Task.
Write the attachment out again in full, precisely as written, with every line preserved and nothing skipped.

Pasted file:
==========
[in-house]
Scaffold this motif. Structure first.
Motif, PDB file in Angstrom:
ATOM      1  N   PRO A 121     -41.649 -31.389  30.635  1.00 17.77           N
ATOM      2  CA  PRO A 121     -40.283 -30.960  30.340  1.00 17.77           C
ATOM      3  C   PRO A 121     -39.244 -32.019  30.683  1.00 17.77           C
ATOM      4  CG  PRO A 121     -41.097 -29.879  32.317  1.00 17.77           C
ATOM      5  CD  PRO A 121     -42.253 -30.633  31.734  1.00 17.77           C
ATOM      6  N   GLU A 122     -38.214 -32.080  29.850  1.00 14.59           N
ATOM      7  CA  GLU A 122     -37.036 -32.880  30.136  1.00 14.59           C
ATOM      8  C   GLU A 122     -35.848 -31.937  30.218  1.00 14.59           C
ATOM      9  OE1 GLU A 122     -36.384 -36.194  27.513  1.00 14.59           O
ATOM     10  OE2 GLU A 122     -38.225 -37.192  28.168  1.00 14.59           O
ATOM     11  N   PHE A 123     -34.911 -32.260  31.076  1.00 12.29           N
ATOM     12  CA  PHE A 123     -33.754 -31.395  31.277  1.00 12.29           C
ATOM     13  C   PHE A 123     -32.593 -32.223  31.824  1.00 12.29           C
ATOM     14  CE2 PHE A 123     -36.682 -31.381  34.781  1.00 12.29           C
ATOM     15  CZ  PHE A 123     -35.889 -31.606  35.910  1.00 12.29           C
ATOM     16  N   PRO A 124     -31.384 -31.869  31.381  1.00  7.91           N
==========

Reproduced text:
[in-house]
Scaffold this motif. Structure first.
Motif, PDB file in Angstrom:
ATOM      1  N   PRO A 121     -41.649 -31.389  30.635  1.00 17.77           N
ATOM      2  CA  PRO A 121     -40.283 -30.960  30.340  1.00 17.77           C
ATOM      3  C   PRO A 121     -39.244 -32.019  30.683  1.00 17.77           C
ATOM      4  CG  PRO A 121     -41.097 -29.879  32.317  1.00 17.77           C
ATOM      5  CD  PRO A 121     -42.253 -30.633  31.734  1.00 17.77           C
ATOM      6  N   GLU A 122     -38.214 -32.080  29.850  1.00 14.59           N
ATOM      7  CA  GLU A 122     -37.036 -32.880  30.136  1.00 14.59           C
ATOM      8  C   GLU A 122     -35.848 -31.937  30.218  1.00 14.59           C
ATOM      9  OE1 GLU A 122     -36.384 -36.194  27.513  1.00 14.59           O
ATOM     10  OE2 GLU A 122     -38.225 -37.192  28.168  1.00 14.59           O
ATOM     11  N   PHE A 123     -34.911 -32.260  31.076  1.00 12.29           N
ATOM     12  CA  PHE A 123     -33.754 -31.395  31.277  1.00 12.29           C
ATOM     13  C   PHE A 123     -32.593 -32.223  31.824  1.00 12.29           C
ATOM     14  CE2 PHE A 123     -36.682 -31.381  34.781  1.00 12.29           C
ATOM     15  CZ  PHE A 123     -35.889 -31.606  35.910  1.00 12.29           C
ATOM     16  N   PRO A 124     -31.384 -31.869  31.381  1.00  7.91           N